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Europe is in financial turmoil. Spanish banks just took a giant bailout. Italy's borrowing costs are skyrocketing. And a crucial vote in Greece this weekend may determine whether the country remains in the eurozone. But never mind that. In France, it's a tweet that has the country in an uproar. NPR's Eleanor Beardsley has the story from Paris.
ELEANOR BEARDSLEY, BYLINE: The political storm erupted Tuesday afternoon when First Lady Valerie Trierweiler tweeted her support for a candidate running in Sunday's parliamentary elections.
That may sound harmless, but the candidate she encouraged is running to unseat prominent politician Segolene Royal, President Francois Hollande's former partner and the mother of his four children.
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BEARDSLEY: The gaffe quickly dominated television news and Paris cafe talk. Some hailed Trierweiler's independence. Others, who refer to her as Rottweiler, say her tweet was a clear jab at Royal and a shot in the foot of Hollande. Hollande and Royal split up in 2005 after decades together, when he took up with Trierweiler, a career journalist.
The right was delighted by the tweet scandal, dubbing it Dallas at the Elysee Palace. Franz-Olivier Giesbert, editor of news magazine Le Point, says the animosity between Hollande's present and past girlfriends could cause him trouble.
FRANZ-OLIVIER GIESBERT: Usually it's the ex who has problem with the new companion. And this time, it's very new and very strange for me. It's the new companion who cannot stand the ex-companion. So, people are watching that and that's not really a problem now, but if it goes on, I think it can be a big problem for Mr. Hollande.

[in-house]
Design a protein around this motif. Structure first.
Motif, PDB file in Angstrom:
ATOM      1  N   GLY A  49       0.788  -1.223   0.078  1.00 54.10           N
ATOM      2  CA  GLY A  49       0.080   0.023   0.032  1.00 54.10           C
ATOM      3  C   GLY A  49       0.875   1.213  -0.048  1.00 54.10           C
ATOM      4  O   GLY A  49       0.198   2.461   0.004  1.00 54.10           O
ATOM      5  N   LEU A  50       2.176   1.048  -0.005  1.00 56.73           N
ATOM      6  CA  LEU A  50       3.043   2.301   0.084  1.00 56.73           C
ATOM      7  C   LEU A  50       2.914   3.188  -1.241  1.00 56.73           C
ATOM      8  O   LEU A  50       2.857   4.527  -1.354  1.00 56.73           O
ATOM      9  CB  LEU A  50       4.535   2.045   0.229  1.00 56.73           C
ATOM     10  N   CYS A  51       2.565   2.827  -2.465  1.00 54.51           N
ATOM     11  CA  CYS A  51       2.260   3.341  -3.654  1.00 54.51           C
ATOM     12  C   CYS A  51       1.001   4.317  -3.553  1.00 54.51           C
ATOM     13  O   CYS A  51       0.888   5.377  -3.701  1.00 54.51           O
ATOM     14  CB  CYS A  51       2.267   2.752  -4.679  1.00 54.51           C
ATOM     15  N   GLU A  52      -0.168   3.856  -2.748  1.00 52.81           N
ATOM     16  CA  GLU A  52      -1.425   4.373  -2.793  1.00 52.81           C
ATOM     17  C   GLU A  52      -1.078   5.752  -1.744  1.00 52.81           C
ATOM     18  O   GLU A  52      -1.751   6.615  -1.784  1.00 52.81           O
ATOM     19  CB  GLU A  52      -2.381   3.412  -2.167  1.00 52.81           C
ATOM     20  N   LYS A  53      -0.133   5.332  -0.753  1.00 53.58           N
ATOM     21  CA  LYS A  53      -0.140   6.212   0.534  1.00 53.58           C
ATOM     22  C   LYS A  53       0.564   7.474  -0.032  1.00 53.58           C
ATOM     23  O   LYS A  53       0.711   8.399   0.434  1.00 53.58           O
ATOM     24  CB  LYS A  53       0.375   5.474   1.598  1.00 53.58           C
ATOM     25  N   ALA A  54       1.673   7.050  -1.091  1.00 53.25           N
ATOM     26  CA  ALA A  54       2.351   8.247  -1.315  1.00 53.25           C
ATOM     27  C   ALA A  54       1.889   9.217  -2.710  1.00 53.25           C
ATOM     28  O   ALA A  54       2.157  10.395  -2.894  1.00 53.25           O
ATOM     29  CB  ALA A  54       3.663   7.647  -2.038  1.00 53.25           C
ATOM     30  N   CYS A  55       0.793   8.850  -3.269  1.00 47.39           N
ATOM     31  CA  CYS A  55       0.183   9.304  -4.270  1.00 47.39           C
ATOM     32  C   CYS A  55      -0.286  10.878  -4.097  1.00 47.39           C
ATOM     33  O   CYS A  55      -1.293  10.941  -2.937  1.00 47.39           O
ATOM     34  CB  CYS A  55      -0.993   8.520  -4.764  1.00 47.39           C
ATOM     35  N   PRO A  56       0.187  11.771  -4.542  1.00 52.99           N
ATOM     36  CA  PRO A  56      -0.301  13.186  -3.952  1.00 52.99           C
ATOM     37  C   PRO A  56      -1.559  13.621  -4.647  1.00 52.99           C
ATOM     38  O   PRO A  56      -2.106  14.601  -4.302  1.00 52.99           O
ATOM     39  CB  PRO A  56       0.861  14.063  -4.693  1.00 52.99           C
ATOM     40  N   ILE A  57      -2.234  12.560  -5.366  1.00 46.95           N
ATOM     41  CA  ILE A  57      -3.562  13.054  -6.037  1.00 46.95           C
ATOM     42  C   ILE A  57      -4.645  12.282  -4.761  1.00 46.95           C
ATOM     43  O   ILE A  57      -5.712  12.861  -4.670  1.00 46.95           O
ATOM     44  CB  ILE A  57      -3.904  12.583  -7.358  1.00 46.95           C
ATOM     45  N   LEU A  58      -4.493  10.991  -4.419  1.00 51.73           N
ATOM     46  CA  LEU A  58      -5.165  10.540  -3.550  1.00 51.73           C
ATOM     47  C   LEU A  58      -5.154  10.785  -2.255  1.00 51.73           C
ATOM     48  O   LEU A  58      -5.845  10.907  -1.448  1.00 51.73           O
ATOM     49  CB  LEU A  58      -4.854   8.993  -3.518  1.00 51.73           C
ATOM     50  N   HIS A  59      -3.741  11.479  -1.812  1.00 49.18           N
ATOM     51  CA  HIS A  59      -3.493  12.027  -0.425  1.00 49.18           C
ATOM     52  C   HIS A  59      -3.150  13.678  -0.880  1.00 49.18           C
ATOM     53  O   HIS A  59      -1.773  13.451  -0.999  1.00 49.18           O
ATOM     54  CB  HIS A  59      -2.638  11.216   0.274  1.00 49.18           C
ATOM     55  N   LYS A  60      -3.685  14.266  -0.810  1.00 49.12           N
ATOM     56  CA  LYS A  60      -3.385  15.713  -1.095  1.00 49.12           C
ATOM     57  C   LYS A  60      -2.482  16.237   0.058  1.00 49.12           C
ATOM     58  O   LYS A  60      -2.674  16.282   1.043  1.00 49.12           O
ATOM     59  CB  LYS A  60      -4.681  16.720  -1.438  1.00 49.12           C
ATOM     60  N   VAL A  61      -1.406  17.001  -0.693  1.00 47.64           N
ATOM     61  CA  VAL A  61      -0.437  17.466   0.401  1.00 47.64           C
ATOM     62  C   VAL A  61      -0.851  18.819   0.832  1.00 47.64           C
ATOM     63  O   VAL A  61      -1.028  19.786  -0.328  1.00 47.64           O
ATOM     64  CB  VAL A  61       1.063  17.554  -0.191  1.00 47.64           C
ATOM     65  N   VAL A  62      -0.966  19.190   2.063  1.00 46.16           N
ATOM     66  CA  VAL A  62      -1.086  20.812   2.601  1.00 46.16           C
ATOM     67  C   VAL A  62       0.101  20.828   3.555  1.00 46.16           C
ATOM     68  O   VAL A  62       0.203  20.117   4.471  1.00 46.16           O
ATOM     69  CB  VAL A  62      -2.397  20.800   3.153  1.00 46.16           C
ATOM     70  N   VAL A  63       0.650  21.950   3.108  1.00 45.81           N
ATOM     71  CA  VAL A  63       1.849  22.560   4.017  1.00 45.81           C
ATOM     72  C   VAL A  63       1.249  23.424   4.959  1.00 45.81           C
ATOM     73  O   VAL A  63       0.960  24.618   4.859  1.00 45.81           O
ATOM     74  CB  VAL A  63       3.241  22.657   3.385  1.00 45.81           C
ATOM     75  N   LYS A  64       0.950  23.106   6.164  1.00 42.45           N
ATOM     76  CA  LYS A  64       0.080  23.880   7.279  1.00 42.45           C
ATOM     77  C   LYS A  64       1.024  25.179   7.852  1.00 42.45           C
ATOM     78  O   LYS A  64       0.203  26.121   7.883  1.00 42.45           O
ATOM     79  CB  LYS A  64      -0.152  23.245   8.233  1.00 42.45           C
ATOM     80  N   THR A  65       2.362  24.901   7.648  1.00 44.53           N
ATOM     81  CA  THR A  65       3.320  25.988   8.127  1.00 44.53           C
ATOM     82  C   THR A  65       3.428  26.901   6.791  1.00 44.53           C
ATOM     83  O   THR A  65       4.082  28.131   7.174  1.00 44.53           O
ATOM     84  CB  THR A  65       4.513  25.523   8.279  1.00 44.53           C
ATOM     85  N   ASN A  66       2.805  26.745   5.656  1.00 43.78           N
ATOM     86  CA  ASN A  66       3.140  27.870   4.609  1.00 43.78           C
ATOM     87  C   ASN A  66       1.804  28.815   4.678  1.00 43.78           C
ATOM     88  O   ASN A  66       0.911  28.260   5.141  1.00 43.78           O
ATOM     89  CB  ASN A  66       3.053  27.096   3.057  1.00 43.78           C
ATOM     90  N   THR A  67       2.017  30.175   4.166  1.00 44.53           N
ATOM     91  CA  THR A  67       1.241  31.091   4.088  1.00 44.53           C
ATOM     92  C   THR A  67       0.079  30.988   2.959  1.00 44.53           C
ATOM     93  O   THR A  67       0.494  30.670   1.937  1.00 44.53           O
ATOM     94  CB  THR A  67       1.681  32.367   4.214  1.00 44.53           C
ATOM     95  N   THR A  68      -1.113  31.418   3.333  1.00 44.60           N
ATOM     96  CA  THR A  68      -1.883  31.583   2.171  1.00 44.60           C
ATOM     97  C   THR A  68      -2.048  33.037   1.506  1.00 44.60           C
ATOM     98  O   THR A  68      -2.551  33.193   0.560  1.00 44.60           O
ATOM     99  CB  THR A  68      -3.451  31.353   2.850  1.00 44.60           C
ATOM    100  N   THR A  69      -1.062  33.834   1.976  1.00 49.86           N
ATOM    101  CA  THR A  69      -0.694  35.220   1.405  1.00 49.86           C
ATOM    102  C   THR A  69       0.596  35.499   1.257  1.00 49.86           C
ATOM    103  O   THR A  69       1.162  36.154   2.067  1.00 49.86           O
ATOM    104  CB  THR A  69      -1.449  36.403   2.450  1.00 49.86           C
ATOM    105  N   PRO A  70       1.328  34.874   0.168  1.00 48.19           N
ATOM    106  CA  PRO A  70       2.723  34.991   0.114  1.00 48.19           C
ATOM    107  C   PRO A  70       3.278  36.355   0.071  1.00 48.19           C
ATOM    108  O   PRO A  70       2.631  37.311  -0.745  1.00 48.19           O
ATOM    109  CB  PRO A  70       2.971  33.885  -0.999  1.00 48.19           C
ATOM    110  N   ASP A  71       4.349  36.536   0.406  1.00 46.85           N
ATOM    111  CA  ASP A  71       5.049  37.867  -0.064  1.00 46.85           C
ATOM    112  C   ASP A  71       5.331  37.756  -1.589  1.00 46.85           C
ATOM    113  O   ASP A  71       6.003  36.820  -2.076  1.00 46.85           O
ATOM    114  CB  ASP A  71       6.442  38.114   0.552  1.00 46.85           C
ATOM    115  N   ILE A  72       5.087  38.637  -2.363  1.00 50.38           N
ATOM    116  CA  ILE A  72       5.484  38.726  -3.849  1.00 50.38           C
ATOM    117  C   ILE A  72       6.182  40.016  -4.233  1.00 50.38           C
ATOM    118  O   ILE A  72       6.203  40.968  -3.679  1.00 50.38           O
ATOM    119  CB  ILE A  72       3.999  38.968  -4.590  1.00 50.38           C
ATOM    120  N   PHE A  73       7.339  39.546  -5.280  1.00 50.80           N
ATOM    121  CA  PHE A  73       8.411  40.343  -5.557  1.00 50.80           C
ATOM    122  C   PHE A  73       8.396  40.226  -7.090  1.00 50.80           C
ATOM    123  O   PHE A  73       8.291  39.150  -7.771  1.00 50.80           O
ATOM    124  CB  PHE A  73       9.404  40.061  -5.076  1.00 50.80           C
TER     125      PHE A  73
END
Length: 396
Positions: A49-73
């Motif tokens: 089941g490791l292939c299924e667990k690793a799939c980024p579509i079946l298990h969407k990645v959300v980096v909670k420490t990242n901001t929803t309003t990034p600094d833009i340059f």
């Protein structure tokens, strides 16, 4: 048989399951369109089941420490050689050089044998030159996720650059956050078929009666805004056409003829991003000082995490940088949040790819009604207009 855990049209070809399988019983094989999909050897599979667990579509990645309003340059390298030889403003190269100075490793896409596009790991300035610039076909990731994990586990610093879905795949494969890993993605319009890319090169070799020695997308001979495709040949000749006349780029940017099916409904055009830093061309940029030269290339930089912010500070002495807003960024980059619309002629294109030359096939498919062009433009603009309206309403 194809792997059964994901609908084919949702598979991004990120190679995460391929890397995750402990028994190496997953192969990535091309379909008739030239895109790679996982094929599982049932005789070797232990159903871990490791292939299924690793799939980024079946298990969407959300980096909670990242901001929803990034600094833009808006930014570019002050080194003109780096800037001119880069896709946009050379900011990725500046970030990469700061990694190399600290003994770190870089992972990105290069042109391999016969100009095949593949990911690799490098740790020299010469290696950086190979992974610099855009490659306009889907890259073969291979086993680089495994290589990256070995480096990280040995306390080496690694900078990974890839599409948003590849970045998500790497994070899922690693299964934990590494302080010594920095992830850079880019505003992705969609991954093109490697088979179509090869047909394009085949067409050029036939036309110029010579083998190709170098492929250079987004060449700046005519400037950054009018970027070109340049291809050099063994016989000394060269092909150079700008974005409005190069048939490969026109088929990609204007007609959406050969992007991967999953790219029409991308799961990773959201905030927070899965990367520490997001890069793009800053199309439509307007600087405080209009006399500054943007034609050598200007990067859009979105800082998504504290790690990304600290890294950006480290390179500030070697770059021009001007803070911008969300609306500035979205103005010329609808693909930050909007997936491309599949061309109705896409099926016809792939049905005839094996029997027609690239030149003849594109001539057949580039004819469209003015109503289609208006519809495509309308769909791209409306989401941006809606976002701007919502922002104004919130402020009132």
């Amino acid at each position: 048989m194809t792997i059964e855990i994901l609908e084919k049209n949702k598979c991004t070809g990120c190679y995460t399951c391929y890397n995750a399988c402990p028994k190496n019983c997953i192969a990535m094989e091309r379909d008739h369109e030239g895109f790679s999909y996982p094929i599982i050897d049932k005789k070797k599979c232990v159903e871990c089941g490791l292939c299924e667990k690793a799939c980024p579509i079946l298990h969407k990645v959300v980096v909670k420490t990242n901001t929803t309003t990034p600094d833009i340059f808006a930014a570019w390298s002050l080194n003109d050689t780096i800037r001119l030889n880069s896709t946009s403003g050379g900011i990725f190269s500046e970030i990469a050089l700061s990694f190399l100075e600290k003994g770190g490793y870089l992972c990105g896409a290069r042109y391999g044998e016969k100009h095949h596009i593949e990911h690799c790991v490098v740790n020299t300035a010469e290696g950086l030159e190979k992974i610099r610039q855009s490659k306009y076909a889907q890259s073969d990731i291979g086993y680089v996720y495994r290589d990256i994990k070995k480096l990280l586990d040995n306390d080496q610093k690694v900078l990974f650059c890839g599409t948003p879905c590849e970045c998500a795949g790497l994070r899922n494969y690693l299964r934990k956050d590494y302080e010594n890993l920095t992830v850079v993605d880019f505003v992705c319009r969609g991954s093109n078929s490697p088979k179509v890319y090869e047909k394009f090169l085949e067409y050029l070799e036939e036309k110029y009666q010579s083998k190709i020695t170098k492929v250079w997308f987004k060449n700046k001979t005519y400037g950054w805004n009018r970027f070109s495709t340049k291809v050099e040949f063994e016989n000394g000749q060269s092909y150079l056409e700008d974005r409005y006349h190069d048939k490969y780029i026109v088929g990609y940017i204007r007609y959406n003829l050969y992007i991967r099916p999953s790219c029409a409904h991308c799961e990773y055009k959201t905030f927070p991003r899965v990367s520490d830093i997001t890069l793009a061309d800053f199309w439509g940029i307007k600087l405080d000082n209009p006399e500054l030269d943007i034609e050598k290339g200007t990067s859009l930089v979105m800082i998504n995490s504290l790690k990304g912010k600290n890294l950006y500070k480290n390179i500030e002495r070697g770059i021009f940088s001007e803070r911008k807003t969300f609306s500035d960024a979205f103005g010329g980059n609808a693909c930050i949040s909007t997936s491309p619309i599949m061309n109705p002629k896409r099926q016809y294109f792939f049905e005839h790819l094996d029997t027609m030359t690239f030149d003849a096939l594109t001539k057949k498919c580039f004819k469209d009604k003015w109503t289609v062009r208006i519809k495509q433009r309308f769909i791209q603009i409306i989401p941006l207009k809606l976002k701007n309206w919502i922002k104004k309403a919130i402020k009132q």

BEARDSLEY: Former President Nicolas Sarkozy had a highly public love life. He divorced, dated, and remarried supermodel-turned-pop singer Carla Bruni immediately after taking office.
Hollande sold himself to the French voters as the down-to-Earth opposite. This incident undermines those claims, says journalist Jean-Marc Illouz.
JEAN-MARC ILLOUZ: The Socialist candidate had said that unlike the former President Sarkozy, he would be, I quote, "a normal president." And the irony is that now - just like Sarkozy earlier in his term - a crisis with his companion has grown into a full-scale public scandal.
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BEARDSLEY: A satirical political puppet television show, "Les Guignols," portrays the ex and current partners as wild-haired hoydens, fighting over an indecisive, milquetoast Hollande. Stop your bickering or I'm going to lose my job, pleads the Hollande puppet.
The tweet uproar has brought some comic relief from the usual serving of grim financial news. An amused German press noted the hectic private lives of French presidents. The husband of German Chancellor Angela Merkel keeps a very discreet profile.
Eleanor Beardsley, NPR News, Paris.
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